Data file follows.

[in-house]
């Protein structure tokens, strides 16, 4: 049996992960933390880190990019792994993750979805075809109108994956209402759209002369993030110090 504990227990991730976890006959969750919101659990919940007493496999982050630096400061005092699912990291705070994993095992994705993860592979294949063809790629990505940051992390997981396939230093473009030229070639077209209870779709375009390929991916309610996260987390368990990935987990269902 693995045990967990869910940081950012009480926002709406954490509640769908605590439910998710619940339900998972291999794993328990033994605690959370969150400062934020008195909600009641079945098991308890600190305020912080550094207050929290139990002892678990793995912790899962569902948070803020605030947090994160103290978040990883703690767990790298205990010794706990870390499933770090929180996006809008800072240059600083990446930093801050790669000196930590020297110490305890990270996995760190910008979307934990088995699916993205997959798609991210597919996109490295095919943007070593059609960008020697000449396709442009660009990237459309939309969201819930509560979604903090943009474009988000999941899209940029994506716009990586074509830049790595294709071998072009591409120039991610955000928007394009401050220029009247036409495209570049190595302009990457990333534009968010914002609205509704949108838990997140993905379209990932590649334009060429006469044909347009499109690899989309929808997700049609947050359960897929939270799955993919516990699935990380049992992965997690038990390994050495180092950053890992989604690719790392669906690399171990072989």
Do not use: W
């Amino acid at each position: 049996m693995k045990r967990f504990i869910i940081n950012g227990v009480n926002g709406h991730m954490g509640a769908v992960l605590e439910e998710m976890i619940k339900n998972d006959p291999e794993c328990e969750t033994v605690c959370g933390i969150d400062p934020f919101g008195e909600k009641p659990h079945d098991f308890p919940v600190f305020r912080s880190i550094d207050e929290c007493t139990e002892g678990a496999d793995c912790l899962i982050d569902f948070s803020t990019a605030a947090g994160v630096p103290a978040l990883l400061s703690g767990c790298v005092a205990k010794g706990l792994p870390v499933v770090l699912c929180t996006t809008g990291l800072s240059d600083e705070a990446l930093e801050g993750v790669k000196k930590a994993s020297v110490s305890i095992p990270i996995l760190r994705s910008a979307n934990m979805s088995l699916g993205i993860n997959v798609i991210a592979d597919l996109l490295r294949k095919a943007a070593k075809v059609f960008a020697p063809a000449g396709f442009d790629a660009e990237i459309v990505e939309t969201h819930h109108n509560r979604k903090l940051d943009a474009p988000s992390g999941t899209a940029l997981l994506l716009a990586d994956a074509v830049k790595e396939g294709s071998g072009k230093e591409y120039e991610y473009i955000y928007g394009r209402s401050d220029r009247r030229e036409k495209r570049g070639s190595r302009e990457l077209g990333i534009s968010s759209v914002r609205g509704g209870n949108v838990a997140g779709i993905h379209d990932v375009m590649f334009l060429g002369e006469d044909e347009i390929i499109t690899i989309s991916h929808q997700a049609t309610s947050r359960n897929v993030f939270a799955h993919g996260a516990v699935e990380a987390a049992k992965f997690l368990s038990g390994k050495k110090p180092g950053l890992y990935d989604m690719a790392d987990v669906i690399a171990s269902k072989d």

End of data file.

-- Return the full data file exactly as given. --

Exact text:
[in-house]
């Protein structure tokens, strides 16, 4: 049996992960933390880190990019792994993750979805075809109108994956209402759209002369993030110090 504990227990991730976890006959969750919101659990919940007493496999982050630096400061005092699912990291705070994993095992994705993860592979294949063809790629990505940051992390997981396939230093473009030229070639077209209870779709375009390929991916309610996260987390368990990935987990269902 693995045990967990869910940081950012009480926002709406954490509640769908605590439910998710619940339900998972291999794993328990033994605690959370969150400062934020008195909600009641079945098991308890600190305020912080550094207050929290139990002892678990793995912790899962569902948070803020605030947090994160103290978040990883703690767990790298205990010794706990870390499933770090929180996006809008800072240059600083990446930093801050790669000196930590020297110490305890990270996995760190910008979307934990088995699916993205997959798609991210597919996109490295095919943007070593059609960008020697000449396709442009660009990237459309939309969201819930509560979604903090943009474009988000999941899209940029994506716009990586074509830049790595294709071998072009591409120039991610955000928007394009401050220029009247036409495209570049190595302009990457990333534009968010914002609205509704949108838990997140993905379209990932590649334009060429006469044909347009499109690899989309929808997700049609947050359960897929939270799955993919516990699935990380049992992965997690038990390994050495180092950053890992989604690719790392669906690399171990072989």
Do not use: W
């Amino acid at each position: 049996m693995k045990r967990f504990i869910i940081n950012g227990v009480n926002g709406h991730m954490g509640a769908v992960l605590e439910e998710m976890i619940k339900n998972d006959p291999e794993c328990e969750t033994v605690c959370g933390i969150d400062p934020f919101g008195e909600k009641p659990h079945d098991f308890p919940v600190f305020r912080s880190i550094d207050e929290c007493t139990e002892g678990a496999d793995c912790l899962i982050d569902f948070s803020t990019a605030a947090g994160v630096p103290a978040l990883l400061s703690g767990c790298v005092a205990k010794g706990l792994p870390v499933v770090l699912c929180t996006t809008g990291l800072s240059d600083e705070a990446l930093e801050g993750v790669k000196k930590a994993s020297v110490s305890i095992p990270i996995l760190r994705s910008a979307n934990m979805s088995l699916g993205i993860n997959v798609i991210a592979d597919l996109l490295r294949k095919a943007a070593k075809v059609f960008a020697p063809a000449g396709f442009d790629a660009e990237i459309v990505e939309t969201h819930h109108n509560r979604k903090l940051d943009a474009p988000s992390g999941t899209a940029l997981l994506l716009a990586d994956a074509v830049k790595e396939g294709s071998g072009k230093e591409y120039e991610y473009i955000y928007g394009r209402s401050d220029r009247r030229e036409k495209r570049g070639s190595r302009e990457l077209g990333i534009s968010s759209v914002r609205g509704g209870n949108v838990a997140g779709i993905h379209d990932v375009m590649f334009l060429g002369e006469d044909e347009i390929i499109t690899i989309s991916h929808q997700a049609t309610s947050r359960n897929v993030f939270a799955h993919g996260a516990v699935e990380a987390a049992k992965f997690l368990s038990g390994k050495k110090p180092g950053l890992y990935d989604m690719a790392d987990v669906i690399a171990s269902k072989d």